Compassionate Love Blog: Displaying compassion for those who fight mental illness, addiction, and abuse (c)2018 Nancy Virden, Always the Fight Ministries
Did you successfully say the title of this post ten times fast? As with an increasingly speedy telling of the adventures of Mr. Piper and his spicy vegetables, rote repetition eventually turns into habits of sound.
Test this theory by asking if you know the depth of this title without pausing to consider. Can you informatively discuss Peter Piper’s situation? A message may be lost on the one who is used to hearing herself say it.
This week, it was my privilege to be a guest on WYCB 1340 AM’s show, The Senior Zone, live for a Washington DC audience. I was asked by host Shawn Perry what it is seniors can do to prevent isolation.
Sure enough, my reply was quick and easy because I’ve said it all before. While familiar words hopefully helped listeners, my mind was not applying them personally.
The perspective I shared with The Senior Zone
Quite simply, we are responsible for avoiding isolation. As long as we are able to interact, we must proactively look for ways to do it.
Perhaps stepping out the door and saying hello to the neighbor is all you can muster to start. Great! Try that! Then again and again until it is easier. Do something nice for them, and others in your neighborhood. If you raise herbs in your kitchen, share the harvest. Offer your green thumb to help the single mother down the street.
Local organizations offer activities for seniors and younger adults too. Many will pick you up. Go to church if they have a bus, or ask for a ride. Visit your 24-hour store at night and begin a conversation with a clerk. Chances are good they will welcome the company.
If you cannot leave home easily, invite people in. What do you know? Teach sewing, wood carving, or start a book club or Bible study. Host regular movie nights or Sunday afternoon football. Whatever you can imagine is possible within the scope of your abilities.
Write letters. Send them to anyone you know who needs encouragement. Call other seniors who may be isolated. You are not alone in your struggle against loneliness.
Life is difficult at times, and isolation only magnifies pain. Take hold of your future by entering the world of people.
The pointers are for me
Uggh! How many times will I “learn” this lesson? The advice is for me too. After months of limited interactions due to health issues, my connections at the church I’ve attended for a year are still formative. It feels intimidating to reach out to those who I do not know that well. Yet yesterday I invited some women over for spiritual fellowship. I am responsible for getting my needs met, as are we all.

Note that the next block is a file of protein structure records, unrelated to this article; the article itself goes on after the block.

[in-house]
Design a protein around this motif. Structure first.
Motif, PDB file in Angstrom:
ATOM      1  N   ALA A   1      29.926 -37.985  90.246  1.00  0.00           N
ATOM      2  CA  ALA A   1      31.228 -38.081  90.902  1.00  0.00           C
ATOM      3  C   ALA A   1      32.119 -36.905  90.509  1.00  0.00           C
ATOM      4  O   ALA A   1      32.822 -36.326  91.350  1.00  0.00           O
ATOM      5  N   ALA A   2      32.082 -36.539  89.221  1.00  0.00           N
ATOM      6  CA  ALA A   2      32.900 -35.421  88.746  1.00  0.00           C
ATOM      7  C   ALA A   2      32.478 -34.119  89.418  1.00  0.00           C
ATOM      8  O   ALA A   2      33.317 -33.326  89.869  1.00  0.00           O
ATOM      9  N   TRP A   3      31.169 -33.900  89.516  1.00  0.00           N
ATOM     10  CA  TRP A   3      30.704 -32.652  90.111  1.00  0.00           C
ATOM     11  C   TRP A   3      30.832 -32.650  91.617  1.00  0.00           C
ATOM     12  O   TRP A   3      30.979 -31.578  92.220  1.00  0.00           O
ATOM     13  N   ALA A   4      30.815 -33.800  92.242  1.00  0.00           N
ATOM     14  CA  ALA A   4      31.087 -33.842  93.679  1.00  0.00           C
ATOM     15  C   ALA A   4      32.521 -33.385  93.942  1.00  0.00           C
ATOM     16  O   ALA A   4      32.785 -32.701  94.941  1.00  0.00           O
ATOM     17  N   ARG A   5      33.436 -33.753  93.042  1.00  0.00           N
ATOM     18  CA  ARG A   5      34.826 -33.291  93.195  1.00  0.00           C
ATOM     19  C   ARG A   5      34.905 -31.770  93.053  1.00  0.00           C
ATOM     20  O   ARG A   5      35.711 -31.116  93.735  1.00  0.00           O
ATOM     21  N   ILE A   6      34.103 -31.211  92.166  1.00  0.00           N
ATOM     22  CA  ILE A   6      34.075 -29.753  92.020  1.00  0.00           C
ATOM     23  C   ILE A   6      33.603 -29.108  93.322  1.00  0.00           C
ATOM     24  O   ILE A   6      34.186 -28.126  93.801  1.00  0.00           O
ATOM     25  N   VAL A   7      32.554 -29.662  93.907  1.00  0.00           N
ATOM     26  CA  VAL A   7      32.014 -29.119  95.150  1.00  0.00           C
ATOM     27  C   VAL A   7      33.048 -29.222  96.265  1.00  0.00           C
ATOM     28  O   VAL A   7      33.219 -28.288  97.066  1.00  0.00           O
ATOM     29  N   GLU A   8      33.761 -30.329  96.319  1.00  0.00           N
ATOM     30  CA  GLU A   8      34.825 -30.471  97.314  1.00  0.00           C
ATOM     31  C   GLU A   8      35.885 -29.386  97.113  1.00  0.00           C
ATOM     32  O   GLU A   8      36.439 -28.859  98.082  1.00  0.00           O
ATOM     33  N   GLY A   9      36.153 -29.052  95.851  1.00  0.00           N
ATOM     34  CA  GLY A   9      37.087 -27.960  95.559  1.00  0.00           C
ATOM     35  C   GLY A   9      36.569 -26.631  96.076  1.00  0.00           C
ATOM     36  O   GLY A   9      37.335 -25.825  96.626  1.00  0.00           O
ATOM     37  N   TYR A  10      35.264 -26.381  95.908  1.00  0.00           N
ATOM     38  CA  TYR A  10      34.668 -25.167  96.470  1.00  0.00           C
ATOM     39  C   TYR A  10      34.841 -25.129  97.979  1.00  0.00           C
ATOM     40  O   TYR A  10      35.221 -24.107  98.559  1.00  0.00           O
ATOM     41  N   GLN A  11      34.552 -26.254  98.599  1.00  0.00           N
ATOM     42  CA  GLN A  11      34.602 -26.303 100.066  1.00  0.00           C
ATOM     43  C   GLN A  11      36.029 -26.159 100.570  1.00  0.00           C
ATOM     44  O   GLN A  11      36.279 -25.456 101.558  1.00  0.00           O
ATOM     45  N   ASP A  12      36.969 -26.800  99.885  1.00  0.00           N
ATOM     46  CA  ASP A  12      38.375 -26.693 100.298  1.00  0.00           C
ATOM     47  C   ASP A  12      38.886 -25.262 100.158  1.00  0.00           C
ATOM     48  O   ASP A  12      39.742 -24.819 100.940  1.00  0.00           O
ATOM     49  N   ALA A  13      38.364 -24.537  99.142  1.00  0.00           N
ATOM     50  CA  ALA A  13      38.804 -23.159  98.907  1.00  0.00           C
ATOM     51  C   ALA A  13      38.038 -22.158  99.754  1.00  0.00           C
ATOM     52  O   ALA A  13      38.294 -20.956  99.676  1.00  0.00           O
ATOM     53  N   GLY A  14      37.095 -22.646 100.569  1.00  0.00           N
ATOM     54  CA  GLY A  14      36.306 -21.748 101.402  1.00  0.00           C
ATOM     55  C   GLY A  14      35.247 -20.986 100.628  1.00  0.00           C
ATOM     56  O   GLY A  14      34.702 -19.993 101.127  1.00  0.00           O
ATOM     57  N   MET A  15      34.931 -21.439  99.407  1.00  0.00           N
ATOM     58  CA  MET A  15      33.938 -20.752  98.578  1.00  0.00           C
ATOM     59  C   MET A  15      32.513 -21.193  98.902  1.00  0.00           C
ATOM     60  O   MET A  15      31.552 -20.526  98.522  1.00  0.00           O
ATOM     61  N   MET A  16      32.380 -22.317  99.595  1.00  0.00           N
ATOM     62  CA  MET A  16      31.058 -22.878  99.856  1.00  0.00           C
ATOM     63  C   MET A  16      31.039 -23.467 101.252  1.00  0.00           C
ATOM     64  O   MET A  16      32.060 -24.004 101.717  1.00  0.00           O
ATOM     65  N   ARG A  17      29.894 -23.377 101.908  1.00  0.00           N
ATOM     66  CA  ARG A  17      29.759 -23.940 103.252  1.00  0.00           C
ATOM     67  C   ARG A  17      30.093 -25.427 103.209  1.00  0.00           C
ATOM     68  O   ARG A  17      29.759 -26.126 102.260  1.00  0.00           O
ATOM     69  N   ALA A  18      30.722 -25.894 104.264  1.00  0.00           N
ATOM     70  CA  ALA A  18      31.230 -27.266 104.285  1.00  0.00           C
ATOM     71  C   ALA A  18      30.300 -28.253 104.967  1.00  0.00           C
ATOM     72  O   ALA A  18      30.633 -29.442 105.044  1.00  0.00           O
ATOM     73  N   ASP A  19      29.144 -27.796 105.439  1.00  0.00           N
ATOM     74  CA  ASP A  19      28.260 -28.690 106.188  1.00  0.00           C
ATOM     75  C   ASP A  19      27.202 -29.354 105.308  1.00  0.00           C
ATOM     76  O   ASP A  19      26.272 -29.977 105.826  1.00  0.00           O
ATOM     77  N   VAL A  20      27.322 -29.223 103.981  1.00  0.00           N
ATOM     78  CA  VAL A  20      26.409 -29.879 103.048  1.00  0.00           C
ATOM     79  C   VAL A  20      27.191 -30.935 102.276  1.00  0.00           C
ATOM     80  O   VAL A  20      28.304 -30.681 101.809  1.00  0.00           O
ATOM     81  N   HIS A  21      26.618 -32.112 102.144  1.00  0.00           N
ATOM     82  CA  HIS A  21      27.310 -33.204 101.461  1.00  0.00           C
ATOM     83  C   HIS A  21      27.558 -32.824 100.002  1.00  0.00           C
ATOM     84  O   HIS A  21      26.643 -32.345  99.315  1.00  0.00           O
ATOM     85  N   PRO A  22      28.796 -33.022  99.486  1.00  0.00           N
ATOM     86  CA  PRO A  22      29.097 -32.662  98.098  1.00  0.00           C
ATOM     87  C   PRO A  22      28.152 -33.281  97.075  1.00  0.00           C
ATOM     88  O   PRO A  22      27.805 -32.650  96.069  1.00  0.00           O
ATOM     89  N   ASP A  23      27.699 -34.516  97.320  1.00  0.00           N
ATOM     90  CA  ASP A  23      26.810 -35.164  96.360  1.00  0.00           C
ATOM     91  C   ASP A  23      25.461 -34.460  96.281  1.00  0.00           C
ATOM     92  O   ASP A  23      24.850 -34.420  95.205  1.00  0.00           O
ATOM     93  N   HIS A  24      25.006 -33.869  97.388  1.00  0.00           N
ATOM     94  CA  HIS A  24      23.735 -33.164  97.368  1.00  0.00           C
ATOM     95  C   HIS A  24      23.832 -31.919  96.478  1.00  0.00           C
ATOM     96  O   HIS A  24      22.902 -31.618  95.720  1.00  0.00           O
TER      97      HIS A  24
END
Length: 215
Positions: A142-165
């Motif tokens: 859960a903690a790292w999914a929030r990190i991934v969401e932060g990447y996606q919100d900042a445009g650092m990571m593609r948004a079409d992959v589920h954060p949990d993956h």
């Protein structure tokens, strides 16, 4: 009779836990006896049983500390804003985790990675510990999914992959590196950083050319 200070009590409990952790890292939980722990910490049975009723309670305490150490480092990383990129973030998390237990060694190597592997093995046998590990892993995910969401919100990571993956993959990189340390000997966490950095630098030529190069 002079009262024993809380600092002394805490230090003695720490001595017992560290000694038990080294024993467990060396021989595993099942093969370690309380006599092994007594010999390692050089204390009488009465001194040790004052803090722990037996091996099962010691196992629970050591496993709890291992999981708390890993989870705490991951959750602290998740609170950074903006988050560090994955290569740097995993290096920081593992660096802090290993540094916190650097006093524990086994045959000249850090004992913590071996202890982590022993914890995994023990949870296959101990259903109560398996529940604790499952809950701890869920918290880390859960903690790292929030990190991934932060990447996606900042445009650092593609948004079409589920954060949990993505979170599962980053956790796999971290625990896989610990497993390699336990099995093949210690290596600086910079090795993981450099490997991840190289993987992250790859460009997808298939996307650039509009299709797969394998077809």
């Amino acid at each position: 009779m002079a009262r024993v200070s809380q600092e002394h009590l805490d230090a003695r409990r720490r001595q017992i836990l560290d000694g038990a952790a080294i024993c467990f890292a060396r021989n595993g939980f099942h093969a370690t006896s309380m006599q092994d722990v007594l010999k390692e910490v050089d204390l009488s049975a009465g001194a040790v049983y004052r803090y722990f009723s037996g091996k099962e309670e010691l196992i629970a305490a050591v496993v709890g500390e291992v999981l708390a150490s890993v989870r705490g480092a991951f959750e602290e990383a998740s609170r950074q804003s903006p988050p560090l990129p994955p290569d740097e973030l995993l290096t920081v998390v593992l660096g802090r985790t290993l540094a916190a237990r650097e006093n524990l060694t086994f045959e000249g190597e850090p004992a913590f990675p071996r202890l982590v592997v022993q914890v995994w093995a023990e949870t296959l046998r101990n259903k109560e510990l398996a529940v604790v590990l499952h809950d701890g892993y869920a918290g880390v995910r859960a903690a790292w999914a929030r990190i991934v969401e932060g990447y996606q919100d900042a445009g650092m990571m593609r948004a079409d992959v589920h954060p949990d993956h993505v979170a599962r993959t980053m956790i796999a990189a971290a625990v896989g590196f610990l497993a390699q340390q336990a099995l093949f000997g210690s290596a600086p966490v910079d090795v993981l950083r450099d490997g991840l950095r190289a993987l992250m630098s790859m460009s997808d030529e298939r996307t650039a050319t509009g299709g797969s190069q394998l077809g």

Say “I do not have to be alone” ten times fast. Let it sink in until the day you can honestly forget it because you are alone no more. I will too.
Today’s Helpful Word
Isaiah 61 (Isaiah is speaking for Jesus in this prophecy)
The Spirit of the Sovereign Lord is on me, because the Lord has anointed me to proclaim good news to the poor. He has sent me to bind up the brokenhearted, to proclaim freedom for the captives and release from darkness for the prisoners, to proclaim the year of the Lord’s favor and the day of vengeance of our God, to comfort all who mourn, and provide for those who grieve in Zion— to bestow on them a crown of beauty instead of ashes, the oil of joy instead of mourning, and a garment of praise instead of a spirit of despair. They will be called oaks of righteousness, a planting of the Lord for the display of his splendor.
NOTE: I am not a doctor or mental health professional. I speak only from personal experiences with and observations of mental and behavioral health challenges. In no way is this website intended to substitute for professional mental or behavioral health care.
If you are struggling emotionally today or feeling suicidal, or concerned about someone who is, in the U.S. call the National Suicide Prevention Lifeline 1-800-273-TALK (8255), or for a list of international suicide hotlines, go here.
If you are suicidal with a plan, immediately call 911 in the U.S. (for international emergency numbers, go here ), or go to your nearest emergency room. Do not be alone. Hope and help are yours.